Friday, March 22, 2013

When Prophesies Come True

St. Columba (6th century).  "Hearken, hearken to what will happen in the latter days of the world!
"There will be great wars~ unjust laws will be enacted~ the Church will be de­spoiled of her property; people will read and write a great deal~ but charity and humility will be laughed to scorn, and the common people will believe in false ideas." From Catholic Prophecy by Yves Dupont, page 13; Tan Publishing)

Of all of the prophecies I've ever read, the above from Saint Columba really sticks with me.  Most prophecies talk about war.  There have certainly been great wars in the last 100 years.  But everything else in this prophecy seems to be so specific to our times. 

Sure there have been unjust laws in the past as well.  But the laws associated with abortion and healthcare stand out in the sheer enormity of injustice.

The church has suffered the loss of property many times.  But has the church ever paid more than $1.2 billion in damages for abuse cases?  That is the figure for the United States.  It doesn't include anything since 2009, or from other countries.

It is the next line, " people will read and write a great deal~ but charity and humility will be laughed to scorn, and the common people will believe in false ideas,"  that really stands out.   And I say that after spending a day teaching young people to read and write.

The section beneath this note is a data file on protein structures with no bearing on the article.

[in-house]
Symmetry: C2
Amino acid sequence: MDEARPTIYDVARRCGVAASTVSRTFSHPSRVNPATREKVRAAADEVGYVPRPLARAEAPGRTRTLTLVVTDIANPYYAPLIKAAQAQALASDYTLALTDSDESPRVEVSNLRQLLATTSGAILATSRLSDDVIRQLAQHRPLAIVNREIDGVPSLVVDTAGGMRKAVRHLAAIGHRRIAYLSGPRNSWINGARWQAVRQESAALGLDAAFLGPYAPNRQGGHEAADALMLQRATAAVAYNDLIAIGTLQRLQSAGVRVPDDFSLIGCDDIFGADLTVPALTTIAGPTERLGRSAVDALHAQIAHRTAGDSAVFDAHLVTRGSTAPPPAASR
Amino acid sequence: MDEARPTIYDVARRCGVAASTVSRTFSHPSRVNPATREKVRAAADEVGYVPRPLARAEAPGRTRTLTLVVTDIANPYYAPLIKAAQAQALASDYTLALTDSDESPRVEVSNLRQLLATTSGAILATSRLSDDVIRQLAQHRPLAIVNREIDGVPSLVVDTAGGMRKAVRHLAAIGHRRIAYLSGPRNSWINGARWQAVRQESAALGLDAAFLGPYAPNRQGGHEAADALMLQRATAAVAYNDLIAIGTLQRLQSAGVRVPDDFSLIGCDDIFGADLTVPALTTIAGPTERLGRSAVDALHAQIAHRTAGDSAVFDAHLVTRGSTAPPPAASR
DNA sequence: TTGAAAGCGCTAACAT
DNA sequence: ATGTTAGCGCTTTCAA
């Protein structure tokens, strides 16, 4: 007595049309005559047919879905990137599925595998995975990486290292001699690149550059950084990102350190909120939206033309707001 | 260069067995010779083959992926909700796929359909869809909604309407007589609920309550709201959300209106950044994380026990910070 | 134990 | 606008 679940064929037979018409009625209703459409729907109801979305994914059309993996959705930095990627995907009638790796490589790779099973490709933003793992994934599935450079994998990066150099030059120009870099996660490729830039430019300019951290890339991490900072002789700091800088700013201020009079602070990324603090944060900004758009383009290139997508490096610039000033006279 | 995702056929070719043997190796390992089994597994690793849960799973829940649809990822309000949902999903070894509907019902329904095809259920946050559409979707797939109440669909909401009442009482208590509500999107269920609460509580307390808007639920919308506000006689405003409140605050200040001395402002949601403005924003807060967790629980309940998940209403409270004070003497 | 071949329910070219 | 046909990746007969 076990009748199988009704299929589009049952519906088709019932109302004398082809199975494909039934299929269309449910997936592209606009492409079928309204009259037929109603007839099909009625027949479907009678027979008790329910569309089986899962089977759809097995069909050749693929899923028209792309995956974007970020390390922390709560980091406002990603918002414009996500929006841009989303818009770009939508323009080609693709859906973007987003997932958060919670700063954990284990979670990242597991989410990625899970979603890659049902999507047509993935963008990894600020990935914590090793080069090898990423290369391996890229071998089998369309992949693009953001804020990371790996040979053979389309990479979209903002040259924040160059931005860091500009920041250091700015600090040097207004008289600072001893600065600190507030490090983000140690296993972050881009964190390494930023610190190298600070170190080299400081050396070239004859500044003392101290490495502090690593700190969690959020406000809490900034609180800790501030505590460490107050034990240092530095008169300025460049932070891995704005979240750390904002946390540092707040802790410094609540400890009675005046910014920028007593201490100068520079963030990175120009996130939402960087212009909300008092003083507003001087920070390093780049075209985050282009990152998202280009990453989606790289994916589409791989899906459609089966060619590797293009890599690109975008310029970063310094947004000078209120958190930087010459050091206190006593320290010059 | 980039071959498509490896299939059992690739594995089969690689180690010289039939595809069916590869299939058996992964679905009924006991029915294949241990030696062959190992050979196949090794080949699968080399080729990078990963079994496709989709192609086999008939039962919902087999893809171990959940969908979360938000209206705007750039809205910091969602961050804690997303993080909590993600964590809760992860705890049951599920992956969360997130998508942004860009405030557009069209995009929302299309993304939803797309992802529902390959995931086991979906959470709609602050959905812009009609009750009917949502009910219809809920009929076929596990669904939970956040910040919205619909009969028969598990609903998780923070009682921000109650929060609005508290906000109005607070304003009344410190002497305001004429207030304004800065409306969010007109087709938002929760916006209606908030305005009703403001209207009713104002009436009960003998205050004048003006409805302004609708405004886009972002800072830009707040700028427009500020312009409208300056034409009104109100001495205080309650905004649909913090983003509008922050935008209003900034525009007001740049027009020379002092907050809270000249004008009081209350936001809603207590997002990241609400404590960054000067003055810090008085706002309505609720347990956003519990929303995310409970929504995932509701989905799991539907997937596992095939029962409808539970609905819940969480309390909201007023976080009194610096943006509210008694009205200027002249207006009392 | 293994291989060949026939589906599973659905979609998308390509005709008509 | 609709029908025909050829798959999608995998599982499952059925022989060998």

In our times, it is considered scandalous if someone cannot read and write.  CBS 2′s Marcia Kramer reports, March 7, 2013, that a shocking nearly 80% of New York City high school graduates managed to graduate without having learned the basic skills of reading, writing, and Math.  What would have been considered normal in Saint Columba's time is now shocking.  But the entire notion of school for all would have been shocking for her.  She would have looked at our schools and seen them for the source of all of the false ideas common people believe in.

That charity and humility are a cause for scorn is also obvious.  Pope Francis is planning on celebrating Mass on Holy Thursday at a prison for young offenders.  Traditionalists are saying this may be taking the whole care-for-the-poor thing a bit too far.  Those on the left, who may have advocated for this kind of thing, bite their tongues rather than praise a man who is adamantly against gay marriage, abortion and women priests.  (Hint for everyone:  The Pope is Cathodic.)

His obvious charity and humility is definitely attracting scorn.  But that's also been true of other Popes.

And so I return to the one piece of this prophecy that resonates for our age like no other:  People will read and write a great deal.  It is almost as if we are afraid to have an unexpressed thought.  Or maybe that's just me.

No comments: